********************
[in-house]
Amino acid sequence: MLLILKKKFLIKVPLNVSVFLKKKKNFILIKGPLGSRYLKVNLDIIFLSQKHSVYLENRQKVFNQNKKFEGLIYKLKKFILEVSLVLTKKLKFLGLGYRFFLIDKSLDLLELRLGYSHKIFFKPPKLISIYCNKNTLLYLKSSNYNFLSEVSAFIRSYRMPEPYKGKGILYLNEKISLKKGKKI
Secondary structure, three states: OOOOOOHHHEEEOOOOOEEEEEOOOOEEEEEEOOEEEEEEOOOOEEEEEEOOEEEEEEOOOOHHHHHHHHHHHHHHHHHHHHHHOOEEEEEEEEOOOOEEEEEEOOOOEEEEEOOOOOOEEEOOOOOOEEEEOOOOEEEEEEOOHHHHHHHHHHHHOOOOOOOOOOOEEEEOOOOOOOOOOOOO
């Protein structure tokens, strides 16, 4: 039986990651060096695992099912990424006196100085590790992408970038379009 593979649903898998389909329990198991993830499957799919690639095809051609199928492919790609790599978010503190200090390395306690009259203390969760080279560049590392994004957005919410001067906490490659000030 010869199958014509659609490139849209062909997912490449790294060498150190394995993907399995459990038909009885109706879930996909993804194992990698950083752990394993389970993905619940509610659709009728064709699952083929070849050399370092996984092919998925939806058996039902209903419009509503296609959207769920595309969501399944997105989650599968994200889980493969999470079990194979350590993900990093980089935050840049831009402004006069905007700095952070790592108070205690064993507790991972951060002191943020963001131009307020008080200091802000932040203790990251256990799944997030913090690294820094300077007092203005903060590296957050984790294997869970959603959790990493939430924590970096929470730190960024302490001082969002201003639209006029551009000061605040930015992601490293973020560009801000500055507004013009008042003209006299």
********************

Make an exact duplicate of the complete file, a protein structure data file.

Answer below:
[in-house]
Amino acid sequence: MLLILKKKFLIKVPLNVSVFLKKKKNFILIKGPLGSRYLKVNLDIIFLSQKHSVYLENRQKVFNQNKKFEGLIYKLKKFILEVSLVLTKKLKFLGLGYRFFLIDKSLDLLELRLGYSHKIFFKPPKLISIYCNKNTLLYLKSSNYNFLSEVSAFIRSYRMPEPYKGKGILYLNEKISLKKGKKI
Secondary structure, three states: OOOOOOHHHEEEOOOOOEEEEEOOOOEEEEEEOOEEEEEEOOOOEEEEEEOOEEEEEEOOOOHHHHHHHHHHHHHHHHHHHHHHOOEEEEEEEEOOOOEEEEEEOOOOEEEEEOOOOOOEEEOOOOOOEEEEOOOOEEEEEEOOHHHHHHHHHHHHOOOOOOOOOOOEEEEOOOOOOOOOOOOO
């Protein structure tokens, strides 16, 4: 039986990651060096695992099912990424006196100085590790992408970038379009 593979649903898998389909329990198991993830499957799919690639095809051609199928492919790609790599978010503190200090390395306690009259203390969760080279560049590392994004957005919410001067906490490659000030 010869199958014509659609490139849209062909997912490449790294060498150190394995993907399995459990038909009885109706879930996909993804194992990698950083752990394993389970993905619940509610659709009728064709699952083929070849050399370092996984092919998925939806058996039902209903419009509503296609959207769920595309969501399944997105989650599968994200889980493969999470079990194979350590993900990093980089935050840049831009402004006069905007700095952070790592108070205690064993507790991972951060002191943020963001131009307020008080200091802000932040203790990251256990799944997030913090690294820094300077007092203005903060590296957050984790294997869970959603959790990493939430924590970096929470730190960024302490001082969002201003639209006029551009000061605040930015992601490293973020560009801000500055507004013009008042003209006299």